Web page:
Do you think that there was a significant difference between the techniques of that period and those of O-Sensei’s later years?
As far as the Aikido he practiced in his later years, even young girls, old people and children could do them. That is a big difference. I suppose you could say that it was a difference in the severity or the strictness of the training. Before the war, it was severity and strong technique, as opposed to the (kind of) techniques that invigorate our partners as we have now. In other words, those powerful techniques, at least in O-Sensei’s case, embraced more than just the power to injure someone. He had a realization (satori) of superb technique that gave life to his training partner. I think this is something truly splendid.
I believe that the reason that Aikido has become so popular today is precisely because it is not simply another martial technique. It goes beyond, and gives life. It is, in fact, a harmonious unification with the Great Universe – a really wonderful thing.
To what extent do you think that Ueshiba Sensei was influenced by the Omoto religion?
Do you mean influenced religiously by Omoto? That is hard to say. The greatest influences from this source are (the concept of) kotodama and the Kojiki. The brilliant Kojiki and the techniques that O-Sensei created were inseparably connected. When O-Sensei spoke about Kojiki, he was not speaking in terms of literary or scholastic explanations. For him, the Kojiki was read in terms of kotodama (the science of the intrinsic power of the spoken word).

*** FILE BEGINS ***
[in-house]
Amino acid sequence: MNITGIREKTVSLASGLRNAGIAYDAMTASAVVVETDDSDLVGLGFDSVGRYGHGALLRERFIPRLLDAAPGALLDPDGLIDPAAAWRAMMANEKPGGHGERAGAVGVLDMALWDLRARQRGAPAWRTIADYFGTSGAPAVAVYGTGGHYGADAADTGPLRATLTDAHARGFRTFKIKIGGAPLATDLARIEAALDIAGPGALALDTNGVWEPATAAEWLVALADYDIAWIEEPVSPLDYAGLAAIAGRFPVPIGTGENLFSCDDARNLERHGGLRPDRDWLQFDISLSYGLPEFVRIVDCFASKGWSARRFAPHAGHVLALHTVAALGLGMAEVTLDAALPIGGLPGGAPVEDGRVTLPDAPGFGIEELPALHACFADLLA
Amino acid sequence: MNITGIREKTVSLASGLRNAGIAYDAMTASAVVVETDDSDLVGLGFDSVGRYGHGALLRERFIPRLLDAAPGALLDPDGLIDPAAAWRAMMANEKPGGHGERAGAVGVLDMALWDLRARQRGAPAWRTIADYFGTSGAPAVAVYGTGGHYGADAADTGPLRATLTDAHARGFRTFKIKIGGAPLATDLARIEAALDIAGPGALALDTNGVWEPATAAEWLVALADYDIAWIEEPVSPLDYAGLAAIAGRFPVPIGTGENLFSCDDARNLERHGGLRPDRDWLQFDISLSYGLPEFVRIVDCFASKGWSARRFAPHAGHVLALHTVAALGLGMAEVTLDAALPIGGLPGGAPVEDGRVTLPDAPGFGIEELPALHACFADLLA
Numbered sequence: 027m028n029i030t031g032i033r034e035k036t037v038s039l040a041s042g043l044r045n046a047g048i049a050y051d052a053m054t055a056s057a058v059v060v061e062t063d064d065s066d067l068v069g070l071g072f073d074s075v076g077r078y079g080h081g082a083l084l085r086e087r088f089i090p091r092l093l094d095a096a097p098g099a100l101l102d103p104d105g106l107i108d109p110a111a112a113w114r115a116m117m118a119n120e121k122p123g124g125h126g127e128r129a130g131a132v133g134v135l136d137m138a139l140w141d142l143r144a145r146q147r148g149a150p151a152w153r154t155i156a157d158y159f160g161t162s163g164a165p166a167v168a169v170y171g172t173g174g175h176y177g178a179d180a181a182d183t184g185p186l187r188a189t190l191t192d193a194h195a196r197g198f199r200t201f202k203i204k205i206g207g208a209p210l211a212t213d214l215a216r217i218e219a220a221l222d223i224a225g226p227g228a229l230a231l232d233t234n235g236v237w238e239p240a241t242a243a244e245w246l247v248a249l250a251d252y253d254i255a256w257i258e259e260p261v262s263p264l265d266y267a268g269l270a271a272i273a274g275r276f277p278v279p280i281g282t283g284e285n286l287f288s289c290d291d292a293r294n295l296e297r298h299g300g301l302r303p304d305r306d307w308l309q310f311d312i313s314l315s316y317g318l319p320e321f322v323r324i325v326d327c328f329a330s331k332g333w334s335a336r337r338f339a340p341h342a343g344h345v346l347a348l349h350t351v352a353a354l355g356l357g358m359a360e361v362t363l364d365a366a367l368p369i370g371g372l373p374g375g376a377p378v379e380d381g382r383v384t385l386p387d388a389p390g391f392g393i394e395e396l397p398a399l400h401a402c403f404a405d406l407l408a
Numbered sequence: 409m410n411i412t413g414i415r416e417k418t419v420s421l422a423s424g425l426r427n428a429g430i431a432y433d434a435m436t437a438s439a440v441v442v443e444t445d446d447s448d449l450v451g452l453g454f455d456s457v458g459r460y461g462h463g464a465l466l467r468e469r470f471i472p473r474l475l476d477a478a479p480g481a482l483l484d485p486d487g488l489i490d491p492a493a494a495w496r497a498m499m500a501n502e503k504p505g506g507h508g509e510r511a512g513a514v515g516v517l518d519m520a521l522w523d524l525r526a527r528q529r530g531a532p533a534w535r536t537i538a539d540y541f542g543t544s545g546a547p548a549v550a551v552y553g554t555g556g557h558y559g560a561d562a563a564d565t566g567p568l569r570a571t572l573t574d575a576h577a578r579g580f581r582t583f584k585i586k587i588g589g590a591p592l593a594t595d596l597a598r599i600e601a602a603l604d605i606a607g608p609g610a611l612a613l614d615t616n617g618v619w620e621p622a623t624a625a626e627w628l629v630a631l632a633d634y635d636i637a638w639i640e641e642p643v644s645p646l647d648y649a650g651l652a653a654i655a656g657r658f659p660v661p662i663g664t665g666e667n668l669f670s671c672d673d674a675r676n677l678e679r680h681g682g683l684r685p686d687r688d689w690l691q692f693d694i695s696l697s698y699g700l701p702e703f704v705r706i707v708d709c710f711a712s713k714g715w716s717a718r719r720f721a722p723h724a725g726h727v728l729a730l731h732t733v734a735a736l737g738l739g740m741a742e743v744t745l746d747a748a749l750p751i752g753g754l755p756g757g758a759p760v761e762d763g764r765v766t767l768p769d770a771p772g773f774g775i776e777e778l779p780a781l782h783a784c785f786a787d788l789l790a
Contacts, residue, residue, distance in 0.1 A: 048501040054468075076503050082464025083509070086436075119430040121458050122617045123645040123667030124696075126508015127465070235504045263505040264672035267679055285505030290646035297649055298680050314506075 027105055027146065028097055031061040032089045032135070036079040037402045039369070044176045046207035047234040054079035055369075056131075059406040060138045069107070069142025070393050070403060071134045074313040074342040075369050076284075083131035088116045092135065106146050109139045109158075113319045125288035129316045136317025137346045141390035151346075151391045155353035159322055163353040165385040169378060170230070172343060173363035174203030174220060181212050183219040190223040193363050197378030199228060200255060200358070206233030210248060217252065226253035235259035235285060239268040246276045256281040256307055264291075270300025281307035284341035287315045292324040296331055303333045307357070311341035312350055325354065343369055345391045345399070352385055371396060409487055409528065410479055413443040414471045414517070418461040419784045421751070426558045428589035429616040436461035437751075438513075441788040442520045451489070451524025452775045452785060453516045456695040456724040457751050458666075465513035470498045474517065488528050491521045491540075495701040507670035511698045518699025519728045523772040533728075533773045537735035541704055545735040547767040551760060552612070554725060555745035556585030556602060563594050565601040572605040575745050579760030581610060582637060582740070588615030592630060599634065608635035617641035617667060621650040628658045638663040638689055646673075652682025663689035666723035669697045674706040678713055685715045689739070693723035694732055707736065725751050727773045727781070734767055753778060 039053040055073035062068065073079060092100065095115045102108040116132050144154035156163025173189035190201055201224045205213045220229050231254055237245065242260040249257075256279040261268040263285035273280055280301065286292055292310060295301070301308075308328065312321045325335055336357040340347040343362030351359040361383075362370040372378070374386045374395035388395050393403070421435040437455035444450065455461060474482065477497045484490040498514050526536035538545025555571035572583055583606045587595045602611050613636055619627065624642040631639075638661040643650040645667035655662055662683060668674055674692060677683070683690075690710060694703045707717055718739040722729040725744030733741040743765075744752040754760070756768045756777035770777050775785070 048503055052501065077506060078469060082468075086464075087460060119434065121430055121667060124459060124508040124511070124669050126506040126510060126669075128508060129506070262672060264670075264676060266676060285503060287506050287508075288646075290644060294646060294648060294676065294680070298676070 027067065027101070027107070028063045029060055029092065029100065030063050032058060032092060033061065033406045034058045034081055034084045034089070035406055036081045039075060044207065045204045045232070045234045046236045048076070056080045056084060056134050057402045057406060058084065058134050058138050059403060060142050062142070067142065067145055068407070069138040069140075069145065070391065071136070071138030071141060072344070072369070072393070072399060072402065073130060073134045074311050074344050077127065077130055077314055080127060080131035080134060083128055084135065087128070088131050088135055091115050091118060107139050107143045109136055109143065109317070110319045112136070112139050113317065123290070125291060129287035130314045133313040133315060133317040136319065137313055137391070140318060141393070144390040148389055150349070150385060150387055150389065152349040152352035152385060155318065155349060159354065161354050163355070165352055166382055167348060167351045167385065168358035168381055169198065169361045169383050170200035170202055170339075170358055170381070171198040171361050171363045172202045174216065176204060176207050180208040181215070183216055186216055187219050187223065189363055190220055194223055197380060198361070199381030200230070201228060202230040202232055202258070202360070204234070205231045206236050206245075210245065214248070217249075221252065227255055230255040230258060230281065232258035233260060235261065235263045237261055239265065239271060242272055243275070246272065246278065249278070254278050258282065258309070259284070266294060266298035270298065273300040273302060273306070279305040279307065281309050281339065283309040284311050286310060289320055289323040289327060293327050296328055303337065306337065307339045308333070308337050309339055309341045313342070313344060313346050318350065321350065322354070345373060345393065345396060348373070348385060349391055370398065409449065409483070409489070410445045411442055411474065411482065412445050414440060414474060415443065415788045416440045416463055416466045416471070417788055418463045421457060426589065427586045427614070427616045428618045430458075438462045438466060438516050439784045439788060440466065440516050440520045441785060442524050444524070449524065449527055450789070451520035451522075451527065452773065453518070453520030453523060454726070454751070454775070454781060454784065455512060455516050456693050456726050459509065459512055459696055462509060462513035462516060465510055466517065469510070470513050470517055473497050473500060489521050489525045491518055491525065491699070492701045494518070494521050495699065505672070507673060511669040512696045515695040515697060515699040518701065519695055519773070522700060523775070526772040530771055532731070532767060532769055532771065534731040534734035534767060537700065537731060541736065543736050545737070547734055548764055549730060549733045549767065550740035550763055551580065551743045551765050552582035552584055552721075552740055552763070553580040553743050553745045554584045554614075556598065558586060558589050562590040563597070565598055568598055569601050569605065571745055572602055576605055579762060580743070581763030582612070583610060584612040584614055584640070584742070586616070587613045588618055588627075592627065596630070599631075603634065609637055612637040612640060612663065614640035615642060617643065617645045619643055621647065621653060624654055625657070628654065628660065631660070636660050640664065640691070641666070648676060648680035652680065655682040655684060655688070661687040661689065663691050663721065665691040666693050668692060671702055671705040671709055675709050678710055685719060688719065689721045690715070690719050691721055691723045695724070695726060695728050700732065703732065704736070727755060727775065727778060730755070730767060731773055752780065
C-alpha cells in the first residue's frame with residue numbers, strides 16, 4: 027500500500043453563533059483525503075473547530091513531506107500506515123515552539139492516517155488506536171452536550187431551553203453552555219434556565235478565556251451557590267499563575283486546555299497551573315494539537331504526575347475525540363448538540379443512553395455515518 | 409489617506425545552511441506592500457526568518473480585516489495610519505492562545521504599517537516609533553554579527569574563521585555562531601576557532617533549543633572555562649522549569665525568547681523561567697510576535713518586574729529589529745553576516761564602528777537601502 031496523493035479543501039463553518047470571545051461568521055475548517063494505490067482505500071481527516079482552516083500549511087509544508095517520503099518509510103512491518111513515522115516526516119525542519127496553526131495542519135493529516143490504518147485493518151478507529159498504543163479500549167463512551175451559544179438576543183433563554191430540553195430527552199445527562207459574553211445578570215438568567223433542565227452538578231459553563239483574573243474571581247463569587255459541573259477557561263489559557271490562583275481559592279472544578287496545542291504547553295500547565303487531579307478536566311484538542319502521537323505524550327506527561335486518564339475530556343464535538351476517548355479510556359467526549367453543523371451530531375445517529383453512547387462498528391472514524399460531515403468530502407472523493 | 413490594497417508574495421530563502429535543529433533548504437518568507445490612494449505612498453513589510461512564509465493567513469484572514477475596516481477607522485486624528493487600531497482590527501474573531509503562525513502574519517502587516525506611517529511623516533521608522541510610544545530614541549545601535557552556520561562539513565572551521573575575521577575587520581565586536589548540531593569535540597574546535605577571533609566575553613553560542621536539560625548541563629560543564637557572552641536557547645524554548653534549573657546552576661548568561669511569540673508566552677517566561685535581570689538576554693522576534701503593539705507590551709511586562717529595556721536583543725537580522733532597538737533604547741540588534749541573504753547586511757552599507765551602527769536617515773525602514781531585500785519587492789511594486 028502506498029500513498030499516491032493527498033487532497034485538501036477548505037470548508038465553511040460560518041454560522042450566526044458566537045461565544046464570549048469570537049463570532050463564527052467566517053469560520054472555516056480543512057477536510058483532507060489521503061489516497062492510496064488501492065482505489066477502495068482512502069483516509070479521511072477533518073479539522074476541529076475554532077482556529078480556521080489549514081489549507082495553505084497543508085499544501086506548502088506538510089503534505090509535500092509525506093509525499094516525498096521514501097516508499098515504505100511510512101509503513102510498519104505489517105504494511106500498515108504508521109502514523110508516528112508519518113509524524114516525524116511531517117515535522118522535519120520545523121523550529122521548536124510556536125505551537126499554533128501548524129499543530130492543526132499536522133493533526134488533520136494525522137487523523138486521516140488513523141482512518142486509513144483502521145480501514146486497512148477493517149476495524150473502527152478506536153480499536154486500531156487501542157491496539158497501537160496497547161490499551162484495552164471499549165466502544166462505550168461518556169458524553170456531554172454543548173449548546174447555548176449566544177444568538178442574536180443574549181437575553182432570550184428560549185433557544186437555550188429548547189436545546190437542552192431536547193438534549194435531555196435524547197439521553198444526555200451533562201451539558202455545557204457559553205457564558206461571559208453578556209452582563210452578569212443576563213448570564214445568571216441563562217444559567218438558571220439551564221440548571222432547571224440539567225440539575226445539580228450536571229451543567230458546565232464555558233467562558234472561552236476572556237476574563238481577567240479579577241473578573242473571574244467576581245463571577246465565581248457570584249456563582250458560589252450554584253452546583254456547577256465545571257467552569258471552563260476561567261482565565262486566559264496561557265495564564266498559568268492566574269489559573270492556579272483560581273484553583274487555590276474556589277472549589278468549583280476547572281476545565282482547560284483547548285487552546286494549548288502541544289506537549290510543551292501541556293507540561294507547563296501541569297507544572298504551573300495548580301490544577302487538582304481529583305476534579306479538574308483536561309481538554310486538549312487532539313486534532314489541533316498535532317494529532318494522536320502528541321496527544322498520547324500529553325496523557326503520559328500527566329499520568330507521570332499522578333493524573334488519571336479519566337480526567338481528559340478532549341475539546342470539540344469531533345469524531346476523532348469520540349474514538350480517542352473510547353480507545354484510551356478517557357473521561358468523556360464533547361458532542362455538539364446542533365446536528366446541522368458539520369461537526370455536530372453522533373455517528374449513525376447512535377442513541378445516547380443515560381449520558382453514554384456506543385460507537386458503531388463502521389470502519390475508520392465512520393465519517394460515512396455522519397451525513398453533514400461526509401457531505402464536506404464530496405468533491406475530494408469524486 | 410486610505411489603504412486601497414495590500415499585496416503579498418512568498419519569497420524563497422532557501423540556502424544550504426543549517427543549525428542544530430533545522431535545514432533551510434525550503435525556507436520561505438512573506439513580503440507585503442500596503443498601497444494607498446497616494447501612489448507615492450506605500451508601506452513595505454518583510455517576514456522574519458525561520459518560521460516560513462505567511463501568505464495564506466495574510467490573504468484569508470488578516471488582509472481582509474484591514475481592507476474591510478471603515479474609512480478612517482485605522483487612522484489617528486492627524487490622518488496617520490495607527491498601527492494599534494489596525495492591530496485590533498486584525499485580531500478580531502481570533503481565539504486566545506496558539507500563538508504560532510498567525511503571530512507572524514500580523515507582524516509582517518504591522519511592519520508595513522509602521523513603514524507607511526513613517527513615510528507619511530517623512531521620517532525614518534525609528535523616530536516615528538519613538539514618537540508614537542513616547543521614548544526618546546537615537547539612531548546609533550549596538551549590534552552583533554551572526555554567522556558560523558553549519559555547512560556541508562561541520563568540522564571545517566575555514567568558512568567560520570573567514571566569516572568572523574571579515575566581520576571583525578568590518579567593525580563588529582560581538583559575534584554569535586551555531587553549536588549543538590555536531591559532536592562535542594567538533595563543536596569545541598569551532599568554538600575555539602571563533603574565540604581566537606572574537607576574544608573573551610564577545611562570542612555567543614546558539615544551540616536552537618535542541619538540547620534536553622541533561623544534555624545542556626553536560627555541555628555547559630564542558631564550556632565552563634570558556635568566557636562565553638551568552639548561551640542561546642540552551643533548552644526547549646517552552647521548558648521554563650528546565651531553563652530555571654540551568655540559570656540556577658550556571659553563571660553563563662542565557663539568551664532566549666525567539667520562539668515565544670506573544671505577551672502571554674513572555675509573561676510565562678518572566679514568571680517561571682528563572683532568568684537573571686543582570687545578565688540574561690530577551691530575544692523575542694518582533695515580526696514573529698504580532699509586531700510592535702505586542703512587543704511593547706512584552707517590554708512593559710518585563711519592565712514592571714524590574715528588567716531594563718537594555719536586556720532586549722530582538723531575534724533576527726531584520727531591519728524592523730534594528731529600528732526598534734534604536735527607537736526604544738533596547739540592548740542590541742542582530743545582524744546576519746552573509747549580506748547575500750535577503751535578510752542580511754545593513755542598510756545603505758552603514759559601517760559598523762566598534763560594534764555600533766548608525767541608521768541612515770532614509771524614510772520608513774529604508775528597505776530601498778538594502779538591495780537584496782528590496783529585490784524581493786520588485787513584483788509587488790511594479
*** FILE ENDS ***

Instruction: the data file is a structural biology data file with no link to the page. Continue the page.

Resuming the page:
In fact, the first time I ever spoke to Seagal Sensei, we discussed the Kojiki. He asked me various questions that pinpointed some of the Kojiki’s most pertinent parts – the kind of questions that most Japanese don’t know enough to ask about. I respect him for that. If one were to follow this kind of thought a little further, I think that it would tie in with Omoto.
Of course, these concepts are very important in Aikido, but Western practitioners of the art have little way of ever directly knowing about them. Does that mean that it is impossible for them to practice true Aikido?